# How is axiom of substitution satisfied for $\in$? (Tao' Analysis I)

Note: This question is not a duplicate of this, due to the corrected version of the book.

I'm self-studying Tao's Analysis I. In the corrected third edition, Tao promotes the what was earlier a definition of equality of sets, to the status of an axiom, after someone pointed out an issue with that.

Axiom 3.2 (Equality of sets) Two sets $$A$$ and $$B$$ are equal, iff every element of $$A$$ is an element of $$B$$ and vice versa. To put it another way $$A=B$$ if and only if every element $$x$$ of $$A$$ belongs also to $$B$$ and every element $$y$$ of $$B$$ belongs also to $$A$$.

Just after this (well, there's Example 3.1.4 in between), he mentions the following, without justification.

The "is an element of" relation $$\in$$ obeys the axiom of substitution (see section A.7).

I quote the relevant part of section A.7 here:

(Substitution axiom). Given any two objects $$x$$ and $$y$$ of the same type, if $$x=y$$, then $$f(x) = f(y)$$ for all functions or operations $$f$$.
Similarly, for any property $$P(x)$$ depending on $$x$$ if $$x=y$$, then $$P(x)$$ and $$P(y)$$ are equivalent statements.

Questions: Why does Axiom 3.2 ensure that $$\in$$ satisfies the axiom of substitution? This is what I have in mind: To prove that $$\in$$ satisfies axiom of substitution, one needs to first define an equality relation and $$\in$$-relation for sets. Then only we can proceed in any way, as far as I can see. But Axiom 3.2 does not define any of these relations. It just gives a condition that equality and $$\in$$ must satisfy.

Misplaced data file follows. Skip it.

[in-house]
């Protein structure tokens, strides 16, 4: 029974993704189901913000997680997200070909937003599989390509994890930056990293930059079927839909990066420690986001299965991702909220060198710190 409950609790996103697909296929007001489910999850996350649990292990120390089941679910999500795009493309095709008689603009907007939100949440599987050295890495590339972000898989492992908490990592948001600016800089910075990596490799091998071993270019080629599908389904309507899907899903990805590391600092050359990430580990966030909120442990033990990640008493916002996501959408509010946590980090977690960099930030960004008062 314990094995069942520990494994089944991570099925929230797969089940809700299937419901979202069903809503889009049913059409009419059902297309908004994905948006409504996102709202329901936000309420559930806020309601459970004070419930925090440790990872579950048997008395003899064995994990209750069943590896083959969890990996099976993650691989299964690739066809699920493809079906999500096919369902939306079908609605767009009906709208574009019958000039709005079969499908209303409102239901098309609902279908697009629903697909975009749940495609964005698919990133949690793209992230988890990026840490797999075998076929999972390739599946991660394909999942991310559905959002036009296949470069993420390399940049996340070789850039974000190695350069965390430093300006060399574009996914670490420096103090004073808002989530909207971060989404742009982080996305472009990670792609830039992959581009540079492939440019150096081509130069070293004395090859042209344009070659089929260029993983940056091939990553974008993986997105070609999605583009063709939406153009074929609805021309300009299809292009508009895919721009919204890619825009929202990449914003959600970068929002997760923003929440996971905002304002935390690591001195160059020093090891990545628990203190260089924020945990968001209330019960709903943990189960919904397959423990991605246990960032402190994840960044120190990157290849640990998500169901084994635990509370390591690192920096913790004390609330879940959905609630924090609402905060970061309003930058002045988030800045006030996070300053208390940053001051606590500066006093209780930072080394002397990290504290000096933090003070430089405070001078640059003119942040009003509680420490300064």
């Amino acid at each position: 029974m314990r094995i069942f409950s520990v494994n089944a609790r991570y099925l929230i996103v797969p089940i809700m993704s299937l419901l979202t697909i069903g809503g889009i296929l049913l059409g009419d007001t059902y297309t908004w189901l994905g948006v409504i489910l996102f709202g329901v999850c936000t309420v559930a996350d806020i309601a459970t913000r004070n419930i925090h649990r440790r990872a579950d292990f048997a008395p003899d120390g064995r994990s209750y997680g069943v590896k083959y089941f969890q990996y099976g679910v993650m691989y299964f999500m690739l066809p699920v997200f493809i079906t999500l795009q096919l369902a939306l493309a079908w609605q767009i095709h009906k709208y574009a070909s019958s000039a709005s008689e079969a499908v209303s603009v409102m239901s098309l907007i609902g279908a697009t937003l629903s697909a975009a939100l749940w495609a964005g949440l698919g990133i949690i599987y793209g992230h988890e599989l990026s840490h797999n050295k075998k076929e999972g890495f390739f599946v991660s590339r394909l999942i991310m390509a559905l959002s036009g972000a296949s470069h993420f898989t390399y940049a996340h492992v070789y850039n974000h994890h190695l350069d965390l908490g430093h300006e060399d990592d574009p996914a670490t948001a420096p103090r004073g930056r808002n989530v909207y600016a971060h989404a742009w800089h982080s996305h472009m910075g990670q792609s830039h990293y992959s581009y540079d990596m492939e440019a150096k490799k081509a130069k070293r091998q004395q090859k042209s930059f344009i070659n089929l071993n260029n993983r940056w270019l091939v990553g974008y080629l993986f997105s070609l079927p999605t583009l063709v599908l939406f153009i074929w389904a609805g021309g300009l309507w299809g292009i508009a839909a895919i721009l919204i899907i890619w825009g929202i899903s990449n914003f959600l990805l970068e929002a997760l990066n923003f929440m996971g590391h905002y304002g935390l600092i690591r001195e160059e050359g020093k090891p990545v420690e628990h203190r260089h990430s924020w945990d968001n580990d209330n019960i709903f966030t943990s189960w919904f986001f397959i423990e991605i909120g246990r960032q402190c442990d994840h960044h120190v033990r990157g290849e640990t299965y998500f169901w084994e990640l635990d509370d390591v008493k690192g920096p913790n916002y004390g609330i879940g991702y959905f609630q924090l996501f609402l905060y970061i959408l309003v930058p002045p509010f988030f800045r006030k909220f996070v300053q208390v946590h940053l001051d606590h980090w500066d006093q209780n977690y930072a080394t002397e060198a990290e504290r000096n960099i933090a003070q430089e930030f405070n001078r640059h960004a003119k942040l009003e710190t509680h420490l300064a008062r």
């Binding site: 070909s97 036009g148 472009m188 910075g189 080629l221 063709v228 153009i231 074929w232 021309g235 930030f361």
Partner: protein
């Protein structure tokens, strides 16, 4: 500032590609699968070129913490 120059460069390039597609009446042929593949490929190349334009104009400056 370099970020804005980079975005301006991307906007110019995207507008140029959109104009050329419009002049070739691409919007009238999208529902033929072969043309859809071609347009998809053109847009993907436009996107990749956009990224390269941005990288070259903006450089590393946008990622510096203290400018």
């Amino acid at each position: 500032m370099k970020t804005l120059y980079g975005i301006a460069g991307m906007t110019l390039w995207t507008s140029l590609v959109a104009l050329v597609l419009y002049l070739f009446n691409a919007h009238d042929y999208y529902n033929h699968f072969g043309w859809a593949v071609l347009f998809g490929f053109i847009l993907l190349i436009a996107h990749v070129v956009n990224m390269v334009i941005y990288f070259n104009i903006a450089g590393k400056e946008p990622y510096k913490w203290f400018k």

Don't we need another axiom stating that there is an equality relation on sets, and a relation $$\in$$ on sets such that $$\in$$ obeys axiom of substitution with respect to this equality?

• I'm not familiar with the axiomatic set-up used in this book (so this is a comment, not an answer), but in most modern treatments of axiomatic set theory, the concept of equality and the axiom of substitution are part of the underlying logic. The membership relation, $\in$, is the primitive notion of set theory. Neither $=$ nor $\in$ is defined in terms of anything more basic. Apr 24, 2021 at 16:52
• @AndreasBlass So we just assume that the equality that is talked about in the axiom of extensionality is indeed a 'valid equality' and the $\in$-relation is a 'valid relation' in the sense that this equality (that extensionality talks about) follows axioms of equality - reflexivity, symmetry, transitivity, and that the $\in$-relation obeys axiom of substitution w.r.t. this equality?
– Atom
Apr 24, 2021 at 18:02
• Yes, in the usual systems it is assumed, as part of the underlying logic, that $=$ satisfies all the usual axioms of equality, including substitution for all the operations and predicates of the theory. The axiom of extensionality then gives additional information about the set-theoretic notion of membership, namely a certain connection with the logical notion of equality. Apr 24, 2021 at 18:07
• @AndreasBlass This makes sense.
– Atom
Apr 25, 2021 at 6:05